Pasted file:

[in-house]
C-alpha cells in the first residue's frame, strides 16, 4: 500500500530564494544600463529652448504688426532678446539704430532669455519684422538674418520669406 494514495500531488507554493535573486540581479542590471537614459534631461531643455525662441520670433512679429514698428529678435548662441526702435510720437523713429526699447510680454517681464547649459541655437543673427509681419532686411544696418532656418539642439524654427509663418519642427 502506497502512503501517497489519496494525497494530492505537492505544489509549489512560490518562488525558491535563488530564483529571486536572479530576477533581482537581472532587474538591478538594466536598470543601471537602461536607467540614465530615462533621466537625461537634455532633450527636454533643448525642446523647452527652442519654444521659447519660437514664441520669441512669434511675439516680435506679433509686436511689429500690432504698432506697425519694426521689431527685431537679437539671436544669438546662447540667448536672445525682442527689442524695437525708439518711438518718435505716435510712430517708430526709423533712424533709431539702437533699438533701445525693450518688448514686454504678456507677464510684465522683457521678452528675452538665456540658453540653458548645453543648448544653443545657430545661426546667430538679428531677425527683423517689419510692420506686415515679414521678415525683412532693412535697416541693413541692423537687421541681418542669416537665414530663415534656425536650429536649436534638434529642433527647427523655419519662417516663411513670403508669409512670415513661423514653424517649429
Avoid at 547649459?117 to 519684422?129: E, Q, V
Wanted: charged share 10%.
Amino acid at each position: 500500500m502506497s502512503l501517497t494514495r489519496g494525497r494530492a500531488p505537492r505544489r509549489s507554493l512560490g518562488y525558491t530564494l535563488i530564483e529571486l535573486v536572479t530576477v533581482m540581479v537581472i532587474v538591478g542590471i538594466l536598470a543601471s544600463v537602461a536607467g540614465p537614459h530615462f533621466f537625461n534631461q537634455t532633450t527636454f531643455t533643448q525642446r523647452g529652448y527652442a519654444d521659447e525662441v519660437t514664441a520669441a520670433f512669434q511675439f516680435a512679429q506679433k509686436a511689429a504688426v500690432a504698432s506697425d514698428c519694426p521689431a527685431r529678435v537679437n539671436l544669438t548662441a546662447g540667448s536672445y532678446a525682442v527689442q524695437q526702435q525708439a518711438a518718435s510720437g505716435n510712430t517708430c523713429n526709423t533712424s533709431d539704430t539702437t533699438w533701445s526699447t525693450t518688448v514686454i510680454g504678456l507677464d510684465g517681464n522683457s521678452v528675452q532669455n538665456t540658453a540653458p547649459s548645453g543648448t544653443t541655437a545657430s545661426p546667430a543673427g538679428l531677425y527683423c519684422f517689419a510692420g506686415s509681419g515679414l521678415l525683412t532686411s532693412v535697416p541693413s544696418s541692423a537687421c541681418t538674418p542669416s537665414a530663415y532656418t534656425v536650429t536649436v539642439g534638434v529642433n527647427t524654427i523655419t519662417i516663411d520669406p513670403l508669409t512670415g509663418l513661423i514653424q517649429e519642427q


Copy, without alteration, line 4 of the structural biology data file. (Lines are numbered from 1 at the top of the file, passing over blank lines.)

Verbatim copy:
Wanted: charged share 10%.